Paul Azinger's last victory on the PGA Tour came in 2000, and until he took on the captaincy of the U.S. Ryder Cup team, he kept a pretty low profile.
That all changed with the U.S. victory over Europe in September.
"I was out of the spotlight for a long time, but now I can't go anywhere without people recognizing me and acknowledging the Ryder Cup," Azinger said. "And I've had more people say thank you than congratulations."
Perhaps it is such a reaction, along with the fact that there isn't a long list of candidates ready to succeed him, which has Azinger open to the idea of returning to the post in 2010, when the U.S. tries to retain the Cup in Wales.
"It hasn't been offered to me, and it's not really up to me at this point," Azinger said Wednesday in a phone interview. "I'm not lobbying for it. I think the PGA of America has the decision to make, if they want to offer it to me or if they feel there are other guys who deserve a crack at it. I'm not sure exactly how they are thinking.
"I've expressed to them, if it were offered to me, I would sure think about it. It's kind of up them, it's not up to me. Even if they offered it to me, I'm not sure what my answer would be. I have to play it close to the vest. I don't want to look like I'm lobbying for it, but I don't want to completely rule it out. I know that's not a good answer."
Azinger, who turns 49 in January, is a 12-time PGA Tour winner who won the 1993 PGA Championship and played on four U.S. Ryder Cup teams.
Two years ago, he was named captain for the matches at Valhalla, and accepted the job only upon the condition that there be changes to the team selection process. Azinger changed the points structure, and received four captain's selections (rather than two).
He also came up with a team-building plan that divided the 12-man squad into three groups of four players who practiced and were paired together during the matches. The U.S. won for the first time since 1999 and only the second time in the past seven Ryder Cups.
"I loved that role as captain," he said. "I think my handprint is on the Ryder Cup for a long time. The selection process worked. The team-building concept, breaking the team into small groups … it's stuff that's never been done, I'm sure. They sold out for me in this concept and bonded in small groups … I think it would work again. I believe in it.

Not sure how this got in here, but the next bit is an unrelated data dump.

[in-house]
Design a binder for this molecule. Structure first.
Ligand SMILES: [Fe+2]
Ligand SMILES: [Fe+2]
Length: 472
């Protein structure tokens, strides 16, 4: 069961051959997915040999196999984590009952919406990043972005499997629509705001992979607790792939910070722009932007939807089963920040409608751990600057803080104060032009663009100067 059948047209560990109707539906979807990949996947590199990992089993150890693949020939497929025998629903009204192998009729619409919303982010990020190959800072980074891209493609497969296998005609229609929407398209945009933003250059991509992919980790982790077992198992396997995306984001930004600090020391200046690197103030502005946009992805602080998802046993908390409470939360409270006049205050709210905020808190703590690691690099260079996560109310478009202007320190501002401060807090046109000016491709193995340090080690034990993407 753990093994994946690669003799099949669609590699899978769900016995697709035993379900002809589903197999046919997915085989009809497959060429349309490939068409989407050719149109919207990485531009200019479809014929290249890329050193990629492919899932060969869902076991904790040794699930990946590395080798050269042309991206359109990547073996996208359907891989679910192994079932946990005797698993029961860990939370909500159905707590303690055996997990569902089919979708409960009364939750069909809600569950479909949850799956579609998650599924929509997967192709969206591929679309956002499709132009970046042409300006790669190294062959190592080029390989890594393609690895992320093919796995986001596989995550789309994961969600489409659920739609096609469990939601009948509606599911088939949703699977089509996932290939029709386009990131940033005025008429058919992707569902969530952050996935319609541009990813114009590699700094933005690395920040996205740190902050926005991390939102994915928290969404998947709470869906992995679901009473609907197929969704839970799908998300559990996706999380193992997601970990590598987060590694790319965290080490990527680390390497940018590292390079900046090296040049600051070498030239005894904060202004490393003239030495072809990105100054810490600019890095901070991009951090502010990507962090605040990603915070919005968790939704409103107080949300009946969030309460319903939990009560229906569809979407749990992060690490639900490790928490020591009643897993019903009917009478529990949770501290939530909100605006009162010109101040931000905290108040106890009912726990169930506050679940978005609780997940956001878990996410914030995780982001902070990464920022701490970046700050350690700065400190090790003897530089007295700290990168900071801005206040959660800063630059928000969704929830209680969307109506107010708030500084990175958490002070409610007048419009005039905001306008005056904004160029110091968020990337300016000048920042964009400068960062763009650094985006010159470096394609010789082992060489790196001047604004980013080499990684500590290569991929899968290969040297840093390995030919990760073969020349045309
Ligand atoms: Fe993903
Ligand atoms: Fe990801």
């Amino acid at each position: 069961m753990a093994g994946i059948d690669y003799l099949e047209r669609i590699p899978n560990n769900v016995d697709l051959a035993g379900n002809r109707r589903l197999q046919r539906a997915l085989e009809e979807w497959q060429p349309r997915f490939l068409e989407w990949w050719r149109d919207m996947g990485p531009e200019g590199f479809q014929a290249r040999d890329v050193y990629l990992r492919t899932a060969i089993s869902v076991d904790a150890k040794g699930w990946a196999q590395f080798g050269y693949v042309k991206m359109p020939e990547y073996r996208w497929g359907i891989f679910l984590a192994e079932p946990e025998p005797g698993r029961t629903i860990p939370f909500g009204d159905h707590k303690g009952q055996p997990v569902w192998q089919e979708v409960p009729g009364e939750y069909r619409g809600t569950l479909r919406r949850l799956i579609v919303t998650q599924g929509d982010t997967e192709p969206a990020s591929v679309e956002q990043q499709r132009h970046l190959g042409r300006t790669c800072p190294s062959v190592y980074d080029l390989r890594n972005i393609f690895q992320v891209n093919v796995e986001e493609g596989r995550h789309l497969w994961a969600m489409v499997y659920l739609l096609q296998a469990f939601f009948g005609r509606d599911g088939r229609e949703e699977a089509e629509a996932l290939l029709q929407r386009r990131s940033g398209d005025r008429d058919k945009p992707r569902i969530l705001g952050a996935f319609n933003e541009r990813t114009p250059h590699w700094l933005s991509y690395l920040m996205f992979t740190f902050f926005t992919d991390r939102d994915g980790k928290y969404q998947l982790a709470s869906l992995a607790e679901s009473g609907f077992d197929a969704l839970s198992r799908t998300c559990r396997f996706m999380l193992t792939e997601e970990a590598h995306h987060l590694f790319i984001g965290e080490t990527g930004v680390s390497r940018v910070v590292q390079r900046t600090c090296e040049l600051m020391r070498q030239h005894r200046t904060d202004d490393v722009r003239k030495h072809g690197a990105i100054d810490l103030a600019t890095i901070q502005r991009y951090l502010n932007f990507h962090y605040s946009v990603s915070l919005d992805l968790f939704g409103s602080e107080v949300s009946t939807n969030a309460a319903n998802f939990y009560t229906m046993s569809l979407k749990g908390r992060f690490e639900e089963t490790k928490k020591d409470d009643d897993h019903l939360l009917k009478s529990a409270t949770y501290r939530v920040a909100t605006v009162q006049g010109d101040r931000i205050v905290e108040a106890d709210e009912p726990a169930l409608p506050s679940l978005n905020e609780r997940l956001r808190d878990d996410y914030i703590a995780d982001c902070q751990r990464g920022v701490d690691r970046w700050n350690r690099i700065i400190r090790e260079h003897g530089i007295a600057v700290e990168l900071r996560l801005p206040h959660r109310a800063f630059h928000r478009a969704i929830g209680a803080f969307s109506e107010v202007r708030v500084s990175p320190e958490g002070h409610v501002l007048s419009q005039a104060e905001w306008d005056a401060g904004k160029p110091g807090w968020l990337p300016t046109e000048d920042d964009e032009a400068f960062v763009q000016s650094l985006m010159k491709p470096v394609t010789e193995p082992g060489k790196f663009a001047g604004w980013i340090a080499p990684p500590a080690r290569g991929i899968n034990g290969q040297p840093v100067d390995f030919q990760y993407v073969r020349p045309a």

"We had a lot of advantages at Valhalla that are going to be given up when you go overseas, as far as knowing the golf course, setting up the course. There's a time zone change. There are going to be different players. You're at a disadvantage.
"The challenge of that intrigues me, I guess."
One of his players from the '09 team is intrigued as well.
"Zinger gave us a great model for success,'' Phil Mickelson said in a conference call Wednesday. "Rather than stray from it, I think it would be a great idea to have him return. But I don't want to interfere with the PGA of America and their decision-making process because the captaincy has always been a wonderful way to validate a player's career. It's such an honor and a highlight, so I don't want to detract from the PGA's process. But I thought Paul's model for success was a great one.''
PGA of America officials have said they are in no hurry to make a decision on naming a captain, as they are still enjoying the Valhalla victory. And, if the current process remains in place, no points can be earned for the 2010 team until the Masters in April.
The U.S. has not had back-to-back captains since Ben Hogan in 1947-49. Jack Nicklaus was the last to captain more than one team, doing so in 1983 and 1987.
But the PGA of America does not have a lot of options, either. Corey Pavin, 49, a 15-time tour winner including the 1995 U.S. Open, is the most likely successor to Azinger. Pavin played on three Ryder Cup teams, interviewed for the 2006 captaincy and served as an assistant to Tom Lehman that year.
Others who have been mentioned include Fred Couples and Davis Love, but Couples is out of the running for 2010 because he is the U.S. Presidents Cup captain next year. Love, 44, who is coming off his 20th career victory at the Children's Miracle Network Classic, said he wants to try to play on the 2010 team, with his eye on the captaincy down the road.
In the aftermath of the Ryder Cup victory back in September, Azinger dismissed the notion of returning, even while his players chanted "Zinger in '10, Zinger in '10." But a couple of months of letting it soak in, with no apparent rush to name a new captain, at least have him weighing the idea of continuing.
"I just want to make sure it's understood that I'm not lobbying to get this," Azinger said. "There are basically two scenarios, and it's very intriguing to have one be me. But I support them whatever they decide."
Bob Harig covers golf for ESPN.com. He can be reached at BobHarig@gmail.com.